By Mary Ann Wilson, RN
If you’d like to look and feel 10 years younger, try improving your posture. It is said that good posture can make us look “10 pounds lighter” and “10 years younger.” Good posture means that the normal curves of the spine are present in all positions (lying, sitting, standing, walking). Viewed from the side, the ankle, knee, hip, shoulder, and tip of the ear should line up vertically. There is a normal inward curve of the lower back, an outward curve of the upper back, and an inward curve of the neck. Almost everyone can improve their posture to some degree.
Following are some exercises to help improve posture. They may be done while standing or seated. Always check with your doctor before beginning any exercise program.
Posture Exercise #1 – NECK RETRACTION (Stretches and strengthens muscles of the neck to promote good postural alignment. Can also help with neck pain relief.)
• Sit tall with good postural alignment, and maintain good posture throughout the exercise.
• Touch your chin with the tips of your fingers.
• Pull your chin straight back away from your hand, as though it were on railroad tracks. The chin should not tilt back, but stay level.
• You should feel a stretch in the back of the neck. When done correctly, it may appear that you have a “double-chin”.
• Pause and release. Repeat several times.
Posture Exercise #2 – SHOULDER GIRDLE CIRCLES (Mobilizes and warms up the shoulder girdle.)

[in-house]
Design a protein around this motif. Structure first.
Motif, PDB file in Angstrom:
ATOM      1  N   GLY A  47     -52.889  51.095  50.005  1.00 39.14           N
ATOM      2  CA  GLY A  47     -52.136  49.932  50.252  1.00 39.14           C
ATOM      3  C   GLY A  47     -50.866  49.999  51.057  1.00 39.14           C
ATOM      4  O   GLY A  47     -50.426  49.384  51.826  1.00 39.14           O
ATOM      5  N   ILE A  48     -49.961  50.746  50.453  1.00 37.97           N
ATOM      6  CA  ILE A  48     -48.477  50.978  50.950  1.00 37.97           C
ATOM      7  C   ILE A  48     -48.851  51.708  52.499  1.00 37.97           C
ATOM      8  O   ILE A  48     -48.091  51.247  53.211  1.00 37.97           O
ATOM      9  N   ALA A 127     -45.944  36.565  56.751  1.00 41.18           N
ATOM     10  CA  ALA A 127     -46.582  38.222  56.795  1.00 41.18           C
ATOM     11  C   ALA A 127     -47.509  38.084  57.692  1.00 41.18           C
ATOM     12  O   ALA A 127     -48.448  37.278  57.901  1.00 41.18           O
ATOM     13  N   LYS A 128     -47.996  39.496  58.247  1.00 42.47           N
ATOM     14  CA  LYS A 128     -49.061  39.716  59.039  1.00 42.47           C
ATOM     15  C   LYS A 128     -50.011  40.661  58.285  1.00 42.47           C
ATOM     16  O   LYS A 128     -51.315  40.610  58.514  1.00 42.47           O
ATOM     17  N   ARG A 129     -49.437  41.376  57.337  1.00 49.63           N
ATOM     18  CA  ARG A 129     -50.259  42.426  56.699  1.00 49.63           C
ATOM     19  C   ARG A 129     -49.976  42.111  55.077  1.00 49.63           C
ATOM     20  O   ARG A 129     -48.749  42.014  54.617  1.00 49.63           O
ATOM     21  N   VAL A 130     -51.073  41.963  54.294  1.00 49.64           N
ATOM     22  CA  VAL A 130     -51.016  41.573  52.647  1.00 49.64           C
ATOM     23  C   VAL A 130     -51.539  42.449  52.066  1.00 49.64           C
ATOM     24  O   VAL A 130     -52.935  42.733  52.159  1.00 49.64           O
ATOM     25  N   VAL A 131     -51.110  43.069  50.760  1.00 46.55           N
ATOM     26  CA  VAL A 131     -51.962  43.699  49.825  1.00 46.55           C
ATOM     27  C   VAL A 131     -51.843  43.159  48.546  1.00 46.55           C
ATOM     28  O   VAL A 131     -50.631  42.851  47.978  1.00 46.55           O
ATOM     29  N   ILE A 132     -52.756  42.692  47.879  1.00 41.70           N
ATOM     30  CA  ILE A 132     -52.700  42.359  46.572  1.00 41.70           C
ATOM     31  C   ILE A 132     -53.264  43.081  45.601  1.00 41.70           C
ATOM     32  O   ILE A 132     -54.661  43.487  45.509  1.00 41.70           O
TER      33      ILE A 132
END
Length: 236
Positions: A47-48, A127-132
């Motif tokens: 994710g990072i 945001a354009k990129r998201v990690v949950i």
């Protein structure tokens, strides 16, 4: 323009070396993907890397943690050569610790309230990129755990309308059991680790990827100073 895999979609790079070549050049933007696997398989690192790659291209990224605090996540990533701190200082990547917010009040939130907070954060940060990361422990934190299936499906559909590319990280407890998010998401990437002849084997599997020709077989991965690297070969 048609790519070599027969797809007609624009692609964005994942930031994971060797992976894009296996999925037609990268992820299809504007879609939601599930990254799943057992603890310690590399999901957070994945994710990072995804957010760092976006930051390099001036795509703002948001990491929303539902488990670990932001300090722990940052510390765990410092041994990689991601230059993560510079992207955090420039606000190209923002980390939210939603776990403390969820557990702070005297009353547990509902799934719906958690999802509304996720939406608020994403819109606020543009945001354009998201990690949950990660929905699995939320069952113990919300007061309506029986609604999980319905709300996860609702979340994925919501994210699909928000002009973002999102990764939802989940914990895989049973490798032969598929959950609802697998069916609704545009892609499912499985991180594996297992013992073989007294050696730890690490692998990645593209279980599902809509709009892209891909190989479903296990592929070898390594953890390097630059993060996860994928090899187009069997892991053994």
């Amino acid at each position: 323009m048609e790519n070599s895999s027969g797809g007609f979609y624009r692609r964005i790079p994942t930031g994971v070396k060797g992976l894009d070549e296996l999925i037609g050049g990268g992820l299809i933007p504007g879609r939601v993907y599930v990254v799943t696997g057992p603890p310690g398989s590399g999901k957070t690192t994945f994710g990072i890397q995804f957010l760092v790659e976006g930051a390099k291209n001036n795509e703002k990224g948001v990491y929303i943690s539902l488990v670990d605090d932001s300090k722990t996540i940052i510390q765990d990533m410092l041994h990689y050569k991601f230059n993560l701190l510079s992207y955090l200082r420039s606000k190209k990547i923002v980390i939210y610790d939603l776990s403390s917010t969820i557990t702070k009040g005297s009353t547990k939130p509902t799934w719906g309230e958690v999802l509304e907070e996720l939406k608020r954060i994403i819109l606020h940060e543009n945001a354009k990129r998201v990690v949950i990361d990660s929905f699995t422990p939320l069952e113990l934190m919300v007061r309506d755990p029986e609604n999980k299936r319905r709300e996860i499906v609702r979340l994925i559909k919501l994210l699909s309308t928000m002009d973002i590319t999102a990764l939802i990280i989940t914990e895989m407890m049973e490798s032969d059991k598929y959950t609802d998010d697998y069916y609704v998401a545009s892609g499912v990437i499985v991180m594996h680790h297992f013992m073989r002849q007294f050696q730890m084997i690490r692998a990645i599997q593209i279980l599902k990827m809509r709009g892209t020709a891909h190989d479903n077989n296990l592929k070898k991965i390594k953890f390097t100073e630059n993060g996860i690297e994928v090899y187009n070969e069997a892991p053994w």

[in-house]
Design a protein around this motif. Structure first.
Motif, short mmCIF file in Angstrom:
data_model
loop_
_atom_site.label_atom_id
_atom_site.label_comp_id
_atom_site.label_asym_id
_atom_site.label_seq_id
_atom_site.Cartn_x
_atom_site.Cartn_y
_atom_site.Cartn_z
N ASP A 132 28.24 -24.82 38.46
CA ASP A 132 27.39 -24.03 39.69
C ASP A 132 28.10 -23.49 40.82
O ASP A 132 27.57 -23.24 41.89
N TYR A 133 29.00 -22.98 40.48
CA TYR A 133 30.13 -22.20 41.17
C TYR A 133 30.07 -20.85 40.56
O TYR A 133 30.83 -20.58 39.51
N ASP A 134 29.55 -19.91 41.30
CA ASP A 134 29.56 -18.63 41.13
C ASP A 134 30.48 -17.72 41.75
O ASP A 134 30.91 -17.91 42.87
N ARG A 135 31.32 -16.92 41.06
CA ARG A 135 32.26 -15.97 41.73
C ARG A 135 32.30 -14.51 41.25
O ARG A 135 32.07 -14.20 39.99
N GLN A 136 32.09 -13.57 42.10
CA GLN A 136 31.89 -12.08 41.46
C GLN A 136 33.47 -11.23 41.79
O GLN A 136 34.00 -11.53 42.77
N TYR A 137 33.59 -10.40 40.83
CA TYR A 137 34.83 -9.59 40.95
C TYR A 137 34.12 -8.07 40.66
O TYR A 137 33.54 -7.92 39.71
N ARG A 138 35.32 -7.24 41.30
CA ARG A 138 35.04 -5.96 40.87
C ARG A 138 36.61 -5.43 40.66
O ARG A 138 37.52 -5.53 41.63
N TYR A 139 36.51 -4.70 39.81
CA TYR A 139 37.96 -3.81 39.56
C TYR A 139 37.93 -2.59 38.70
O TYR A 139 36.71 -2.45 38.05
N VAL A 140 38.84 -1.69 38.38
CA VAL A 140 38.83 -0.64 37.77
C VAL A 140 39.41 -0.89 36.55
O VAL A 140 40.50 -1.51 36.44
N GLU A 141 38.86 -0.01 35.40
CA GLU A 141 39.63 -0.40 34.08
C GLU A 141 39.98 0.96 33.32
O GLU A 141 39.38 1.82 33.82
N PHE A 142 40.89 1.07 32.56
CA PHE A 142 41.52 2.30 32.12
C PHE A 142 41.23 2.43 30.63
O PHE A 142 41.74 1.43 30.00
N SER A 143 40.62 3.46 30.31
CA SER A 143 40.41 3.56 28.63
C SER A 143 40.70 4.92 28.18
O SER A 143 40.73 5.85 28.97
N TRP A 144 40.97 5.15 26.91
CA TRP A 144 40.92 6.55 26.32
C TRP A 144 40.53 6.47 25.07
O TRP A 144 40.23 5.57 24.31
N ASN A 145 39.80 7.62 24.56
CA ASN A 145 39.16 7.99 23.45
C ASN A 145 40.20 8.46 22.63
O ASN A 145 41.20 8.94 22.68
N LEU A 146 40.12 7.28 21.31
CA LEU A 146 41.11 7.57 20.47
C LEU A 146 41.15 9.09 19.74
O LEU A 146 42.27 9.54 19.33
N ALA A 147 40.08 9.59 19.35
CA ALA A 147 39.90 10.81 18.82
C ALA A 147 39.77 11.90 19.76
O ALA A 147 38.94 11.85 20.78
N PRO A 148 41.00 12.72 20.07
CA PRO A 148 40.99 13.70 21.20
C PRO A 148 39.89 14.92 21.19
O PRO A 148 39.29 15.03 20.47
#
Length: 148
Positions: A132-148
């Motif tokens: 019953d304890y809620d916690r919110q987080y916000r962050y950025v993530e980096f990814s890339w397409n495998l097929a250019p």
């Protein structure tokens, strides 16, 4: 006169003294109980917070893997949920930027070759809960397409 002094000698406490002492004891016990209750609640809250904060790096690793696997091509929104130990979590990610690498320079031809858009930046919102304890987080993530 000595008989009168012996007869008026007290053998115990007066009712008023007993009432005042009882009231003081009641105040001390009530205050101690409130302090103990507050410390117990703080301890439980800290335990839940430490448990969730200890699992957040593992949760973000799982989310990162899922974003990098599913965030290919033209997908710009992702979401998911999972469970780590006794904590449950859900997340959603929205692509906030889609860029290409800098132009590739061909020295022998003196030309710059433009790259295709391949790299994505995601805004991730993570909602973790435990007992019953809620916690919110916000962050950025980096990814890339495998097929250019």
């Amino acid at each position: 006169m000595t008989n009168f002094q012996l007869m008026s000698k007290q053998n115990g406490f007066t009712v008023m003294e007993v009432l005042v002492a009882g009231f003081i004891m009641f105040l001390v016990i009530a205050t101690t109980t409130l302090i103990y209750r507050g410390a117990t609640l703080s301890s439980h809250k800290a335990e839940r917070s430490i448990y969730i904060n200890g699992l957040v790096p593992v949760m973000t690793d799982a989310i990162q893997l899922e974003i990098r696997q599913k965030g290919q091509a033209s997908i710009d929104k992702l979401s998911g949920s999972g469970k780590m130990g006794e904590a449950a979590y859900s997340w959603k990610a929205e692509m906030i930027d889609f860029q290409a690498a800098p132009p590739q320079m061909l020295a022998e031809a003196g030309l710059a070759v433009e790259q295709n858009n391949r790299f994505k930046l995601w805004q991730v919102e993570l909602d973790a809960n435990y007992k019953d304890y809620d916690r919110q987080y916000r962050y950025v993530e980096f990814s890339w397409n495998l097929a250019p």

• Circle shoulders up, back, down and forward. Repeat several times.
Posture Exercise #3 – SHOULDER GIRDLE RETRACTION (Improves range of motion of shoulders, strengthens postural muscles of upper back.)
• Move bent elbows out to sides to shoulder height.
• Rotate the shoulders so forearms are vertical.
• Squeeze shoulder blades toward each other, bringing elbows back.
• Pause, relax, and repeat several times.
• Put arms down at sides. Press hands back toward the wall behind you.
• Squeeze the shoulder blades together in this position. Pause, relax, and repeat.
Posture Exercise #4 – RIB LIFT (Improves shoulder range of motion, strengthens postural muscles, expands chest, promotes deep breathing.)
• Place hands behind head. (Avoid bringing head forward to get the hands behind the head. If you cannot get hands behind the head and maintain good posture, you may place the hands in front of the face, palms facing away from the face.)
• Take a breath in and squeeze the elbows back while simultaneously lifting the ribs.
• Breathe out, and relax, slightly bringing the elbows toward the front. Repeat 2 times.
• The final time, as you breathe out, reach up with the right arm, then the left, as though pushing the ceiling away.
• Circle the arms out to the sides in a wide arc, bringing hands down to the sides.
Posture Exercise #5 – PELVIC ROCKING (Promotes flexibility and postural awareness of the lower back.)
• Gently arch the lower back, then tighten the abdominal muscles to flatten the lower back.
• Repeat several times, gradually increasing the size of the movement.
(Shoulders and upper back should remain relatively stationary as the pelvis rocks back and forth.)